The government has come under fire for its treatment of widows of the NHS contaminated blood scandal as a delay in death payments has left one bereaved woman penniless and facing homelessness.
Shortly before Christmas, Su Gorman held Steve Dymond’s hand as his life slipped away in hospital.
The Kent woman had cared for her husband through decades of ill health after he contracted the liver-wasting virus hepatitis C through treatment with contaminated NHS blood products. She had sacrificed her own career to do so.
Now the widow has been left in financial turmoil due to a row over paperwork related to her husband’s death and support payments he received.
Without a death certificate, which will be delayed for weeks, she is unable to start the process of claiming a discretionary £10,000 payment the government promised to widows of contaminated blood victims.
Yet, the same government scheme that administers these payments has stopped the meagre support allowance the couple lived on. A death certificate was not needed to carry out this administrative process.
This has left the grieving widow facing ruin and about to be made homeless.
“Steve and Su chose not to claim benefits because of pride and managed just on the support money, so now she has zero income for an indefinite period,” said Sue Threakall, of the campaign group Tainted Blood, who was herself widowed as a result of the blood scandal.
“Shortly before Steve’s death they had also been issued with an eviction notice from the house they had been living in. So within a month, Su will have lost her husband, her home and all her income, and all before she has even organised, let alone held, Steve’s funeral.”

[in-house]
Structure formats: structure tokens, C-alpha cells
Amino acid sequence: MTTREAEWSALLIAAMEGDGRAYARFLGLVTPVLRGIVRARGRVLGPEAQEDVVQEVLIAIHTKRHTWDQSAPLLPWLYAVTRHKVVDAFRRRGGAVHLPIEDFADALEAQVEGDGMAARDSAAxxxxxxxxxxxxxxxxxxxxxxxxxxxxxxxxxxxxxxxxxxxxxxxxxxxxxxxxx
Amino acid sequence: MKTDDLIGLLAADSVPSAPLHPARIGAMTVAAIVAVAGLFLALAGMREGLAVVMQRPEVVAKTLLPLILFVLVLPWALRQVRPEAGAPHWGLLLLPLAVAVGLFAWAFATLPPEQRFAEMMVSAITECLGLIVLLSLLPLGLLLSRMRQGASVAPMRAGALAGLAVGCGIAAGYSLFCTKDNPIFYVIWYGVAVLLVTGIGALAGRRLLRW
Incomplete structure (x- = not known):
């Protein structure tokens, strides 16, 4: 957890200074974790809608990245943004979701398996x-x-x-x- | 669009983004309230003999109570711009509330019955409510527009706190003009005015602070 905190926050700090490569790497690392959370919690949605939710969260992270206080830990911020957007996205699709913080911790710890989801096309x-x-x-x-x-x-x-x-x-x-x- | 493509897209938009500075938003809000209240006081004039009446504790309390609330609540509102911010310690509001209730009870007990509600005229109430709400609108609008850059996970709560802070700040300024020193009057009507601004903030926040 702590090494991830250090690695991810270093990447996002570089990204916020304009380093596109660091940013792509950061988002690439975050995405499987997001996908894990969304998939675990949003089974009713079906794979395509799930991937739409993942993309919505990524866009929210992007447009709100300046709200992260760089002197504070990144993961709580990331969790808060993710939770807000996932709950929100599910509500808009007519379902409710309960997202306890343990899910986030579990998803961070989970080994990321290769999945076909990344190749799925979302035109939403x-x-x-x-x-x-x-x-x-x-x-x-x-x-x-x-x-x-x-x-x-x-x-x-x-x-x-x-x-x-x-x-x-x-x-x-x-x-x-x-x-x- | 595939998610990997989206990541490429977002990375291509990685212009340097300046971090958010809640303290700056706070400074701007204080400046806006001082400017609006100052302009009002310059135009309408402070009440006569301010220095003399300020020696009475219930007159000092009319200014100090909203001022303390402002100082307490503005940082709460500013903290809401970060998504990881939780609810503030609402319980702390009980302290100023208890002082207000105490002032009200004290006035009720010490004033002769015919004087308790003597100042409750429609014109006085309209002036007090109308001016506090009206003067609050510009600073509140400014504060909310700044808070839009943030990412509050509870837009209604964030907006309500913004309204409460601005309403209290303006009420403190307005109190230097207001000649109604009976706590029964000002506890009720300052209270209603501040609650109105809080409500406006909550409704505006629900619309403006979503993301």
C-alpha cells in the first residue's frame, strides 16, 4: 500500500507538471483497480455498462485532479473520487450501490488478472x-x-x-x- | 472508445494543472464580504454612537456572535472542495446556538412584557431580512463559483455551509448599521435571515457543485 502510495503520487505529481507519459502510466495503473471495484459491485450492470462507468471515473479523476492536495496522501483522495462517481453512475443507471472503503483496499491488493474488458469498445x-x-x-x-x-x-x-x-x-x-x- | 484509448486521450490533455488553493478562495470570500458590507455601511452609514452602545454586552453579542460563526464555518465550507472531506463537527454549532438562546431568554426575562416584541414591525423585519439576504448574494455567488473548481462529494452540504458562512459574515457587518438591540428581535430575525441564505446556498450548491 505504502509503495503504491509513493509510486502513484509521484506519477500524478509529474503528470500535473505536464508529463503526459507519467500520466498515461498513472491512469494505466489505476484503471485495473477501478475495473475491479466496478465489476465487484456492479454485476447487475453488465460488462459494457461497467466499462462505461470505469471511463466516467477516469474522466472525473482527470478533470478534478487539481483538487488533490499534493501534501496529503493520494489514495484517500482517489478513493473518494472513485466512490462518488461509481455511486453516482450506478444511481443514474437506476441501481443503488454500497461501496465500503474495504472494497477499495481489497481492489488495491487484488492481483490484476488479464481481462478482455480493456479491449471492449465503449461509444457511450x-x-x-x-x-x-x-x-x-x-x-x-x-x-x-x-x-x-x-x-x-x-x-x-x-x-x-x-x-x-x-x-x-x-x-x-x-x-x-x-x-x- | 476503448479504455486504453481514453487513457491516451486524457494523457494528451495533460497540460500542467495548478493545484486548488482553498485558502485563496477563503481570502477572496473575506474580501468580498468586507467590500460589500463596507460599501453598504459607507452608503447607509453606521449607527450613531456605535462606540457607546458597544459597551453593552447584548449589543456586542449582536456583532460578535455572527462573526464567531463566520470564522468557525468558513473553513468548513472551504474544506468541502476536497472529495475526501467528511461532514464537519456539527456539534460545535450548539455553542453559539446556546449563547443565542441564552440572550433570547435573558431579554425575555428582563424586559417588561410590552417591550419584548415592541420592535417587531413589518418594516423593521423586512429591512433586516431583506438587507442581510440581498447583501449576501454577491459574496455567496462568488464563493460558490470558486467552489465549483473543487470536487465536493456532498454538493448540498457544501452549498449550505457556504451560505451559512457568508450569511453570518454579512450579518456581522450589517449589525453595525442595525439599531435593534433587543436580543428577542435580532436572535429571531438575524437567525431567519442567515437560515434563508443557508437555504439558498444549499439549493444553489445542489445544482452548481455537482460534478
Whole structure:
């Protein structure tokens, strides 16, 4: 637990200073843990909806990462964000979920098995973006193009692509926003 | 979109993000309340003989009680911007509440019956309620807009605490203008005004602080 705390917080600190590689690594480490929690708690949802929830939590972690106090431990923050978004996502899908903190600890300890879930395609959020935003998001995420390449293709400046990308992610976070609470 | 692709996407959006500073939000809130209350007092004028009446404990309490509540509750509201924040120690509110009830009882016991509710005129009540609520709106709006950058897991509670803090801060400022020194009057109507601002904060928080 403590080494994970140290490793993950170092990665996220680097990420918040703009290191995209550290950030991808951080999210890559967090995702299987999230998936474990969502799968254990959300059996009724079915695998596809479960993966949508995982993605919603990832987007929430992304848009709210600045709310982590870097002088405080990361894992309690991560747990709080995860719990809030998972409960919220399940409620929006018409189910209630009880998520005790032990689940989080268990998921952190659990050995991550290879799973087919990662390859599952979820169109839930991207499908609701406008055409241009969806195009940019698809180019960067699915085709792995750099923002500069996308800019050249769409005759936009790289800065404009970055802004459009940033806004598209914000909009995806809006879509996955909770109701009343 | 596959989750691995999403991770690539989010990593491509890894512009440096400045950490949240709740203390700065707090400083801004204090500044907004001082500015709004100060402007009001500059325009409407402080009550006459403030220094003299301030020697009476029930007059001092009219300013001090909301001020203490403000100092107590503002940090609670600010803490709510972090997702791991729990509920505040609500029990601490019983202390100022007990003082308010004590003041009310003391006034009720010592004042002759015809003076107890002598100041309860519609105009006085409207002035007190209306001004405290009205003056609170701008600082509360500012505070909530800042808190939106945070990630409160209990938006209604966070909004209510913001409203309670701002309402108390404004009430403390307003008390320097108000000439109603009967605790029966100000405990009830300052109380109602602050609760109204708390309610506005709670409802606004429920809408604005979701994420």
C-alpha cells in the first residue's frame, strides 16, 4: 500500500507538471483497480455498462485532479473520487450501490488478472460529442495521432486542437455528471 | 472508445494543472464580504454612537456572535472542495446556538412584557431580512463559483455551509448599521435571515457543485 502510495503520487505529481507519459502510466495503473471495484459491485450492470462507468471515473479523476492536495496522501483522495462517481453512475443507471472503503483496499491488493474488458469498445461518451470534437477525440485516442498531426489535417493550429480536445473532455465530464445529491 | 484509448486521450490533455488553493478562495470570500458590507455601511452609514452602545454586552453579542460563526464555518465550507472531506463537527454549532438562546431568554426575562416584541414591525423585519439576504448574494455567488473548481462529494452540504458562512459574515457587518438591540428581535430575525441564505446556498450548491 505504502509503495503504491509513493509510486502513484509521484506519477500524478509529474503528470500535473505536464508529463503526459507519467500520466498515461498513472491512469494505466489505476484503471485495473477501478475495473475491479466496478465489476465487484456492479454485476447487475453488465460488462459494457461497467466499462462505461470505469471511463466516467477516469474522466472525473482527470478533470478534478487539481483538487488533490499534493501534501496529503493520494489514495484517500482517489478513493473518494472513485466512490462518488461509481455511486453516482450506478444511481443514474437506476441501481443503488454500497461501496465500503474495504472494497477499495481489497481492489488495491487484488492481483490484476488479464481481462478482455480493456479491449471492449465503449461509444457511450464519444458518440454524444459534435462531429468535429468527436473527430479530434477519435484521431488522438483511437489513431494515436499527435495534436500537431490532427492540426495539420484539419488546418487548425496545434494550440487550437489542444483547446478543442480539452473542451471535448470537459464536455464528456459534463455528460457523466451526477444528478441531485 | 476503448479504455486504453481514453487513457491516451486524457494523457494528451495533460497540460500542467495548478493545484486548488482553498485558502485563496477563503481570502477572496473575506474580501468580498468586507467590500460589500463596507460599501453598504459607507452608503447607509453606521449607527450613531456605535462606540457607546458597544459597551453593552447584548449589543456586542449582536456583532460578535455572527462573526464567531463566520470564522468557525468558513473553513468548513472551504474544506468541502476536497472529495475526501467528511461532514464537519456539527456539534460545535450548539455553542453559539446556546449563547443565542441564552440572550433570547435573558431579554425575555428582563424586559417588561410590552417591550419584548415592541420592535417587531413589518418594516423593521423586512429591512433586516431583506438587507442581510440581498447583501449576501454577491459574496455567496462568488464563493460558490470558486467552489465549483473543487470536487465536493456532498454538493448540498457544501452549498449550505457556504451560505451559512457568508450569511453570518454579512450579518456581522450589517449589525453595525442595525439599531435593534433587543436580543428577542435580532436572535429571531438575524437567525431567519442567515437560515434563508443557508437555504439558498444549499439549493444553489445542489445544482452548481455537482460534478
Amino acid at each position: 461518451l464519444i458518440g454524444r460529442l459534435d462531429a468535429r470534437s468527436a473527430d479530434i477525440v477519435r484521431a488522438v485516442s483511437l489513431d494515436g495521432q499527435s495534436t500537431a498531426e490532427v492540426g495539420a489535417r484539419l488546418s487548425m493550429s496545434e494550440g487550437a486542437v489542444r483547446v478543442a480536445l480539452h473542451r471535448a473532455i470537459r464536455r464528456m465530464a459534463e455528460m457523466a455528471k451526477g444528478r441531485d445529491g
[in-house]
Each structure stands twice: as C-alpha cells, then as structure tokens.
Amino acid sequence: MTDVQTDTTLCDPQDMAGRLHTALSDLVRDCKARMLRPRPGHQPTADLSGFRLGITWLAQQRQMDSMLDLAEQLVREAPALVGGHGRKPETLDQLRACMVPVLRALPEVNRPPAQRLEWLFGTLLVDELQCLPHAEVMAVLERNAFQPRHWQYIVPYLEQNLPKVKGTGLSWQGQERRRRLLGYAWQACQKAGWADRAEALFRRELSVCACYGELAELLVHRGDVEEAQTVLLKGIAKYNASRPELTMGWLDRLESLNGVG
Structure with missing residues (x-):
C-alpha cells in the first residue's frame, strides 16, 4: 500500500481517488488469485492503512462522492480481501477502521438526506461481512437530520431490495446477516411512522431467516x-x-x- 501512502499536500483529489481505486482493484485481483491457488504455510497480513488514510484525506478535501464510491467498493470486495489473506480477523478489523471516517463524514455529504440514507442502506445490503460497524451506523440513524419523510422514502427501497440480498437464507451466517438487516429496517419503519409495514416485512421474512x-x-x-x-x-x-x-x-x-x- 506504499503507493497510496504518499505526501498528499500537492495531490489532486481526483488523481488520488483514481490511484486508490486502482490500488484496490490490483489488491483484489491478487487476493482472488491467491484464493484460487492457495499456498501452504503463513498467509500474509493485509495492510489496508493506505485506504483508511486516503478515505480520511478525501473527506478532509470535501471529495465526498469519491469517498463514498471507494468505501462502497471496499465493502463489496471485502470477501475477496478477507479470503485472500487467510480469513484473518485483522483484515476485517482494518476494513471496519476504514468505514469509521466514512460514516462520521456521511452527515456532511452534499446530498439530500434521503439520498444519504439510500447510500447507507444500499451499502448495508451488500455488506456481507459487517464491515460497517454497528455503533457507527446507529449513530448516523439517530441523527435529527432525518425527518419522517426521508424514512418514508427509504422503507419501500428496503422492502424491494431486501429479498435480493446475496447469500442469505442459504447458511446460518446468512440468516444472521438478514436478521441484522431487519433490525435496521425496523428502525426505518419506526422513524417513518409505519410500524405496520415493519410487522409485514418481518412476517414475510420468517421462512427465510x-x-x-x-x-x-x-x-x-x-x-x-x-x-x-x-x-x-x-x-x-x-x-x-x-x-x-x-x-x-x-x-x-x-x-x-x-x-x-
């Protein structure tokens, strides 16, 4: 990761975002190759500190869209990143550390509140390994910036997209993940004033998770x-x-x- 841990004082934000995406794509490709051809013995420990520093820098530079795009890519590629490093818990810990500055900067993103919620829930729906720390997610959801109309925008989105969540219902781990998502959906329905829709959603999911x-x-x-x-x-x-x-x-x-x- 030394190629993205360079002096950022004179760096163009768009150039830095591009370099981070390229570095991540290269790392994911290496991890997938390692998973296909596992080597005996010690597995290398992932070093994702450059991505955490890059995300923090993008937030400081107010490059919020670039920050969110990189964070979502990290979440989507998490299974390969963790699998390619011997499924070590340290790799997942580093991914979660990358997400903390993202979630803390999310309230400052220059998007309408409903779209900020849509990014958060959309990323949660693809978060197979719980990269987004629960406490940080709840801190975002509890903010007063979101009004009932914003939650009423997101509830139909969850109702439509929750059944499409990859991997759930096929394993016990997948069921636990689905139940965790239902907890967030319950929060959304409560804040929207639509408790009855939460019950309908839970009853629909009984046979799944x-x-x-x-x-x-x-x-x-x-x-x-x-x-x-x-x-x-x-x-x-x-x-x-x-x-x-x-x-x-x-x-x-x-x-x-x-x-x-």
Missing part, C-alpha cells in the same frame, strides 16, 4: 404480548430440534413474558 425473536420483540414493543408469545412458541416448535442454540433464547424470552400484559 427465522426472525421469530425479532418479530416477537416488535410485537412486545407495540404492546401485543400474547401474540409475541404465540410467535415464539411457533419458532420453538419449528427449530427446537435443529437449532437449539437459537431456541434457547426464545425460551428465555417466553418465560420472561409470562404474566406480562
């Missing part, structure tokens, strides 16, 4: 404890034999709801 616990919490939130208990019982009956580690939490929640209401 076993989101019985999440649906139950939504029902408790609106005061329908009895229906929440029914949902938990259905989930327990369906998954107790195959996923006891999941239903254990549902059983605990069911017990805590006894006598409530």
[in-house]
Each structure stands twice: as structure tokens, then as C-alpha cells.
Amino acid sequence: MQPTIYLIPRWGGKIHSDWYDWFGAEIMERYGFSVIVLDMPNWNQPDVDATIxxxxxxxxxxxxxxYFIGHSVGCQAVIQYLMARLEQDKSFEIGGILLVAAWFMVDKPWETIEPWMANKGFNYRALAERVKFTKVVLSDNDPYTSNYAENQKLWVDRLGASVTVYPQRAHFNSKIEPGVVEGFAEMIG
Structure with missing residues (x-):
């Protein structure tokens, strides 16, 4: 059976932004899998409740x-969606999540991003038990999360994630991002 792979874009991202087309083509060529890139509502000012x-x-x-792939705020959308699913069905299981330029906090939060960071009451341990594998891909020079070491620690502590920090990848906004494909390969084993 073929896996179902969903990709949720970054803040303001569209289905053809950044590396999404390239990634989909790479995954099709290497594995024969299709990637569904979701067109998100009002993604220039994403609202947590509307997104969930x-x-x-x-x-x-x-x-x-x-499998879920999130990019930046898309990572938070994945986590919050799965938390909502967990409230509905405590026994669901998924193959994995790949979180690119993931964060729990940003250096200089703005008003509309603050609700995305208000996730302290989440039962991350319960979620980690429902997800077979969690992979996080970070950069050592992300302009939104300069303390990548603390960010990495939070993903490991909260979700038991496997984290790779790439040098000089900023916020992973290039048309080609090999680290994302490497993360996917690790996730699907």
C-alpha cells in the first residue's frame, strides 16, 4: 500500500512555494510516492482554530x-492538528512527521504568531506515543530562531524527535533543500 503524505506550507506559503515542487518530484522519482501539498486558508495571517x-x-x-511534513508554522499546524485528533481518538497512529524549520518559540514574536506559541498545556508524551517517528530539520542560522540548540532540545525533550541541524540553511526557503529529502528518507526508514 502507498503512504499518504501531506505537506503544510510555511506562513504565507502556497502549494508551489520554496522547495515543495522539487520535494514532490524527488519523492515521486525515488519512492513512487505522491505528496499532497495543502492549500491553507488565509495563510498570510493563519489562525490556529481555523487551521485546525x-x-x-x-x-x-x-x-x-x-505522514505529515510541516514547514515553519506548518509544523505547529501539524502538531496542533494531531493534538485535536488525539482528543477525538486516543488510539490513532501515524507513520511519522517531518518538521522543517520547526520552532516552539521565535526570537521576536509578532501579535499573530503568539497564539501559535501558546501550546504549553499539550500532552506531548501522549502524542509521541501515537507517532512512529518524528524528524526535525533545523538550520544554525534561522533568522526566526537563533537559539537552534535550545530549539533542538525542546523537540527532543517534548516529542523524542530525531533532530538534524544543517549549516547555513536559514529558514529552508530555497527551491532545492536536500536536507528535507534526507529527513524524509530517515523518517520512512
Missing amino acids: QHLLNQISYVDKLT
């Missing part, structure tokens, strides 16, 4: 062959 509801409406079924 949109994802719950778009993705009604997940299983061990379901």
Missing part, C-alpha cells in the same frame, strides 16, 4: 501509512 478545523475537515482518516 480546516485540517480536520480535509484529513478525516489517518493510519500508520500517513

Tainted Blood, which has campaigned for decades for justice for the victims of the blood scandal, has slammed the government for leaving newly bereaved widows facing this bureaucratic nightmare.
The campaign group says others are also affected by the technicality, following a change in the rules in 2014. It is estimated hundreds more spouses are likely to be impacted in the future.
Tainted Blood has called for an automatic widow’s pension to be urgently set up for the partners of those registered with the England Infected Blood Support Scheme, so that others are not left in financial destitution following a partner’s death.
Last September, HuffPost UK reported the story of another woman who had lost two husbands to the contaminated blood scandal and was being been forced to sell her home due to the financial uncertainty she faced.
A fundraiser has been launched to support Gorman, who lives in Broadstairs in Kent, and has already smashed its £1,000 target within days.
But the campaign group says she may require further financial help and has appealed for donations. Any leftover funds will be used to help other widows in similar situations.
One of the complications in the coroner’s inquiry into Dymond’s death is that his body has been removed to a facility that can carry out specialist testing for variant CJD, better known as “mad cow” disease.
The talented linguist was on the at-risk register for variant CJD following exposure through treatment with contaminated blood products.
Only after this testing is completed can his body be transferred back so that a full post-mortem can be carried out and a death certificate issued. An inquest hearing is also likely to be held.